Of the seven bills, three propose changes to articles in the Marco Civil. This would allow courts to block application providers after all alternatives have been exhausted, include IP addresses in the registered data of each user (permitting disclosure without judicial order), and require content deemed offensive or damaging to honour be removed from websites without a judicial order. Many within Brazil’s legal circles share the view that such amendments could undermine the right to privacy online and make it easier for public figures to close down social networking sites. ′′After several years of open and inclusive dialogue, Brazil managed to come up with its internet legal framework, the Marco Civil da Internet, which clearly protects free speech and online privacy,′′ notes Machado, Meyer, Sendacz e Opice Advogados partner Elton Minasse. ′′Such protection is threatened by many of the cybercrime bills.′′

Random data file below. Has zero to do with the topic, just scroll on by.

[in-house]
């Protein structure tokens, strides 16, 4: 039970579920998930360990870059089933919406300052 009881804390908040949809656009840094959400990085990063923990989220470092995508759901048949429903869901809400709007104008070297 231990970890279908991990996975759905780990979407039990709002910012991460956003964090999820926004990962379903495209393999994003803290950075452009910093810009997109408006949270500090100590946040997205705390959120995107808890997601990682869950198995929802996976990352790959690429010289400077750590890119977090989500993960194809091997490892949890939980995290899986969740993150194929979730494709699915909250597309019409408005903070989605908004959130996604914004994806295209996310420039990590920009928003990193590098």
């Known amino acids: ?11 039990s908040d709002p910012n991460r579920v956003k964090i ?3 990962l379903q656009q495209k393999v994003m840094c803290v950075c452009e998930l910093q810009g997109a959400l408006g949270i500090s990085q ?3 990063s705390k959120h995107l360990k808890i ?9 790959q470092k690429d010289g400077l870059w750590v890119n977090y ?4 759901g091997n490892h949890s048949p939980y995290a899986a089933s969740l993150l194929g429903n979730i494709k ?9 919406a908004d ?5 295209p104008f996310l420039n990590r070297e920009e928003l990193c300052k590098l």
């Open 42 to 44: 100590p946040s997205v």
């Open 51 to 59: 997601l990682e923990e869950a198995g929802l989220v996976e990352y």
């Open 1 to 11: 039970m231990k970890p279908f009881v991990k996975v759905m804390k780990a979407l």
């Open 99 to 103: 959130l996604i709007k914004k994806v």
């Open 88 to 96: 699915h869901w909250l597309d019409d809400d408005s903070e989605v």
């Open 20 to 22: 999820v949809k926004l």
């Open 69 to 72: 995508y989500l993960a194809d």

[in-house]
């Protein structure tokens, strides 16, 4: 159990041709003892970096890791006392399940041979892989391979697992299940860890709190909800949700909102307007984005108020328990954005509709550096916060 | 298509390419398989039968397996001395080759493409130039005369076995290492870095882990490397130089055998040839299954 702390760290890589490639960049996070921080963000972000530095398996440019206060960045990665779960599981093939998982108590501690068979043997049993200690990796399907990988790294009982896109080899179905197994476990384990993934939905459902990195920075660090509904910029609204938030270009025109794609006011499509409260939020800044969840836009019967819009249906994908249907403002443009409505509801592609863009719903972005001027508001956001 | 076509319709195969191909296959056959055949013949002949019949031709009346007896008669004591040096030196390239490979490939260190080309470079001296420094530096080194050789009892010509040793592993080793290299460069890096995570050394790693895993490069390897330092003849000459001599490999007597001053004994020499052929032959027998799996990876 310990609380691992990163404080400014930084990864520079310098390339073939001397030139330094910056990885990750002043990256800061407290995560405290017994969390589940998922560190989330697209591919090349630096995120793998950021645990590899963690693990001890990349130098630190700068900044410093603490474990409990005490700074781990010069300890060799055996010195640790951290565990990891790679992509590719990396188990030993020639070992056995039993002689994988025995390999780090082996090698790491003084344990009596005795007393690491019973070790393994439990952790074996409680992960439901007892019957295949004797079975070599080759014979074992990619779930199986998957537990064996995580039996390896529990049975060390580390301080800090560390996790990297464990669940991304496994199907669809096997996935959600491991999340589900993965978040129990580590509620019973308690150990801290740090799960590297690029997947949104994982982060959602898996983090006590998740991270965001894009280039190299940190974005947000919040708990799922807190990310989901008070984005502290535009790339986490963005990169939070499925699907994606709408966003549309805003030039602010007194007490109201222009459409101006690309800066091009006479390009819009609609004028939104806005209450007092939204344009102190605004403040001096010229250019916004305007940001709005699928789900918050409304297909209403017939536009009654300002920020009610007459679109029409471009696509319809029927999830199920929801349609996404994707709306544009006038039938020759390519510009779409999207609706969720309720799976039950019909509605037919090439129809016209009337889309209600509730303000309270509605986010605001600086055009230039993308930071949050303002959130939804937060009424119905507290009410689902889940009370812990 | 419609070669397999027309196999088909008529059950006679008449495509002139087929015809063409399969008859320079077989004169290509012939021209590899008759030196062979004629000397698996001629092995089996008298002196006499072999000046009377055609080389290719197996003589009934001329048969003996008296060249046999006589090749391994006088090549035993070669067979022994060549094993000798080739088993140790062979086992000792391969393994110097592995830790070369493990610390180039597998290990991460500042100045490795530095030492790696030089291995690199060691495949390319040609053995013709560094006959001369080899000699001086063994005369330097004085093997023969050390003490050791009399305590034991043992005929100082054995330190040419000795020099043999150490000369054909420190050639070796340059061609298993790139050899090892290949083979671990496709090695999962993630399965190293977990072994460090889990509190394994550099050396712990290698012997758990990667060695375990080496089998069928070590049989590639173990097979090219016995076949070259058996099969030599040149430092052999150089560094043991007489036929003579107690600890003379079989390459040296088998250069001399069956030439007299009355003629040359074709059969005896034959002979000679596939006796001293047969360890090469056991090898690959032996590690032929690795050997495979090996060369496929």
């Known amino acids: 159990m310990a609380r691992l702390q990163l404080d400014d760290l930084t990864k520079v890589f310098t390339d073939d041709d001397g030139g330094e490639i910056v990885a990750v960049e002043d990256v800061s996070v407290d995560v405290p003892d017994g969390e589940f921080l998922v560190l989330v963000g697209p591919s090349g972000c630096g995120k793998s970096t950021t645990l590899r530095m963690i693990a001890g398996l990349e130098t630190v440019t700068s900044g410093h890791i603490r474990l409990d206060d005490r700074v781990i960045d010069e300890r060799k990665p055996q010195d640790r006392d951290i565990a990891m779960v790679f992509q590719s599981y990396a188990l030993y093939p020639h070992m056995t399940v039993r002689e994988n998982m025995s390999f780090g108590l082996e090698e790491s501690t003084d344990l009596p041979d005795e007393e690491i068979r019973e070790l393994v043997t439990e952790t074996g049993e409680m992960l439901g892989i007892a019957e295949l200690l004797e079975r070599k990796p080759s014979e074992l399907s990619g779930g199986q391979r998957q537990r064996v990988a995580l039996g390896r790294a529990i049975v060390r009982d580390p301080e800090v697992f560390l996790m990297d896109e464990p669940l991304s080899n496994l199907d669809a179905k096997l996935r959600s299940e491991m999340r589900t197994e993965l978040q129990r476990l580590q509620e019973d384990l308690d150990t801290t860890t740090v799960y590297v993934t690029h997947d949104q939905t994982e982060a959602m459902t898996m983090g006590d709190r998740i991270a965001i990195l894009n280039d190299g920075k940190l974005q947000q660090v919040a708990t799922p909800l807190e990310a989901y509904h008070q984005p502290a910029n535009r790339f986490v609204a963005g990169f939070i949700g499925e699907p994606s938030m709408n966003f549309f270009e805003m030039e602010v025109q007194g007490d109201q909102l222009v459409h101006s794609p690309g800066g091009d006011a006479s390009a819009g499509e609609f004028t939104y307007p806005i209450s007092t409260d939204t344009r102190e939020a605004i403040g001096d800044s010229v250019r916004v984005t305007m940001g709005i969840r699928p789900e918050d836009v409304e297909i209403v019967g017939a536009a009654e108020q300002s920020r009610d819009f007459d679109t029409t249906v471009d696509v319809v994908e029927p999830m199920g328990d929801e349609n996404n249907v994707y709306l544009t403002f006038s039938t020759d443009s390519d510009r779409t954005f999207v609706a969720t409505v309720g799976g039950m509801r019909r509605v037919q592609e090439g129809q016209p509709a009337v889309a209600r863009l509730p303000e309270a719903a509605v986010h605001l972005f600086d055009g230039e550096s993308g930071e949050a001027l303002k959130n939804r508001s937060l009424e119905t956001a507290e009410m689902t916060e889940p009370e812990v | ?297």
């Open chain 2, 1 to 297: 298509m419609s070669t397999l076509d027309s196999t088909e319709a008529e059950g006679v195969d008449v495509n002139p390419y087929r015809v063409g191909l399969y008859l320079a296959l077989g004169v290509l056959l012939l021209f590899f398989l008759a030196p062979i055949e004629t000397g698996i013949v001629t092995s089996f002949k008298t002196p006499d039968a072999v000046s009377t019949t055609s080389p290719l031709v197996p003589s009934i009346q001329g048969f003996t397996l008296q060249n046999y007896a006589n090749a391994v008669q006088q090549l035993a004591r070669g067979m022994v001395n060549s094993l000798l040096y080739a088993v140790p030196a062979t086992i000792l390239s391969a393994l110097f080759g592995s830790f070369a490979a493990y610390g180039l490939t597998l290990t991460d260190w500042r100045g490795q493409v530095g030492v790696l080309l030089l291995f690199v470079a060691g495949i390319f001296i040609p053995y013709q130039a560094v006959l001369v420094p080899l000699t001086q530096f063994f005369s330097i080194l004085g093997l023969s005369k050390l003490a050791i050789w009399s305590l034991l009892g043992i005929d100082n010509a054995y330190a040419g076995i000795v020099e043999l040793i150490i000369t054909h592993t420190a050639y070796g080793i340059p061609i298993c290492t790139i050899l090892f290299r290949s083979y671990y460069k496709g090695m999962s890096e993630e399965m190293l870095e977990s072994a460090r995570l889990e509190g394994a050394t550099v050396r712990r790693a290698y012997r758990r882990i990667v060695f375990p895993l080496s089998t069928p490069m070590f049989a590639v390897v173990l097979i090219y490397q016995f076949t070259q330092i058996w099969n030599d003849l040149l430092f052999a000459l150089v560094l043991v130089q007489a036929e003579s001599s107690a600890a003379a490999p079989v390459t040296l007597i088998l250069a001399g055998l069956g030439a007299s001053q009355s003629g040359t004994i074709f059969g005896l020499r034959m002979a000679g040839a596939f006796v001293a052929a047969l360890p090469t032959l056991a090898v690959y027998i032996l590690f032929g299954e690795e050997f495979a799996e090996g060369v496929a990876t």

Several argue that a dangerous precedent has already been set following recent actions taken by several state courts towards ISPs. In May, a judge in the north-eastern state of Sergipe ordered wireless phone carriers block access WhatsApp for 72 hours after the company allegedly refused to release information relating to a criminal investigation; the second time the instant messaging site has been shut down in six months. The decision attracted strong criticism and was eventually overturned by a São Paulo court. Although the incident may have posed little more than mild inconvenience to many users, Azevedo Sette´s Paulo Brancher argues the fact the court cited article 12 of the Marco Civil law, which encompasses a group of sanctions, namely warnings, fines [and] the temporary suspension of activities, to justify its decision, raises deeper legal concerns. ′′Those sanctions should be applied gradually and must be strictly aimed at entities that violate the rules related to the protection of logs, personal data, and private communications,′′ he says. ′′Article 12 of the Marco Civil law cannot be construed as something that entails the full and unrestricted suspension of all activities of internet connection and applications providers that operate in Brazil.′′